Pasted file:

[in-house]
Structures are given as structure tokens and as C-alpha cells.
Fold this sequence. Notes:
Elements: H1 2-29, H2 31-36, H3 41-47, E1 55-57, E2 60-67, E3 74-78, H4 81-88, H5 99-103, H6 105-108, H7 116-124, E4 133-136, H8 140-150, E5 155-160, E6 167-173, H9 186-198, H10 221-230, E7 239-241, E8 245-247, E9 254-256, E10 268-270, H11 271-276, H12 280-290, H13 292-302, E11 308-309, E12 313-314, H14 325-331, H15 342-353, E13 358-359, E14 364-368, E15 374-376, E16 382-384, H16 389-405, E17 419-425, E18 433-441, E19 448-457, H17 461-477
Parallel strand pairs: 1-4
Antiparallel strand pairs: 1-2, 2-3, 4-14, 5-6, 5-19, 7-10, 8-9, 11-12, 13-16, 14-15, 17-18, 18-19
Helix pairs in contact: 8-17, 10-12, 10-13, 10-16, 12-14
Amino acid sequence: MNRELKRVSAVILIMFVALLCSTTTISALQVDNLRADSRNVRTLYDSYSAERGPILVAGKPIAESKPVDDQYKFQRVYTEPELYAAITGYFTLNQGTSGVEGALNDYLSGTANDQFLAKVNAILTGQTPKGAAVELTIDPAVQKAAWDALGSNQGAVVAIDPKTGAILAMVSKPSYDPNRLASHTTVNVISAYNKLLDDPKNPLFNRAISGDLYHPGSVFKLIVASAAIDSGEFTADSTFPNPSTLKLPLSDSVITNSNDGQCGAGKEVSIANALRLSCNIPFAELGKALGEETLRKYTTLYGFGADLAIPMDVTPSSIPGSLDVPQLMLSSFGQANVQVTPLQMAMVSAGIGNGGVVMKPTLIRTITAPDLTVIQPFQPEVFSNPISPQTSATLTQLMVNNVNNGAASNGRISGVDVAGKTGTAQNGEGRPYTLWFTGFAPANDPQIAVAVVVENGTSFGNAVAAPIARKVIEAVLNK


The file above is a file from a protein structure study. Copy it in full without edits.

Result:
[in-house]
Structures are given as structure tokens and as C-alpha cells.
Fold this sequence. Notes:
Elements: H1 2-29, H2 31-36, H3 41-47, E1 55-57, E2 60-67, E3 74-78, H4 81-88, H5 99-103, H6 105-108, H7 116-124, E4 133-136, H8 140-150, E5 155-160, E6 167-173, H9 186-198, H10 221-230, E7 239-241, E8 245-247, E9 254-256, E10 268-270, H11 271-276, H12 280-290, H13 292-302, E11 308-309, E12 313-314, H14 325-331, H15 342-353, E13 358-359, E14 364-368, E15 374-376, E16 382-384, H16 389-405, E17 419-425, E18 433-441, E19 448-457, H17 461-477
Parallel strand pairs: 1-4
Antiparallel strand pairs: 1-2, 2-3, 4-14, 5-6, 5-19, 7-10, 8-9, 11-12, 13-16, 14-15, 17-18, 18-19
Helix pairs in contact: 8-17, 10-12, 10-13, 10-16, 12-14
Amino acid sequence: MNRELKRVSAVILIMFVALLCSTTTISALQVDNLRADSRNVRTLYDSYSAERGPILVAGKPIAESKPVDDQYKFQRVYTEPELYAAITGYFTLNQGTSGVEGALNDYLSGTANDQFLAKVNAILTGQTPKGAAVELTIDPAVQKAAWDALGSNQGAVVAIDPKTGAILAMVSKPSYDPNRLASHTTVNVISAYNKLLDDPKNPLFNRAISGDLYHPGSVFKLIVASAAIDSGEFTADSTFPNPSTLKLPLSDSVITNSNDGQCGAGKEVSIANALRLSCNIPFAELGKALGEETLRKYTTLYGFGADLAIPMDVTPSSIPGSLDVPQLMLSSFGQANVQVTPLQMAMVSAGIGNGGVVMKPTLIRTITAPDLTVIQPFQPEVFSNPISPQTSATLTQLMVNNVNNGAASNGRISGVDVAGKTGTAQNGEGRPYTLWFTGFAPANDPQIAVAVVVENGTSFGNAVAAPIARKVIEAVLNK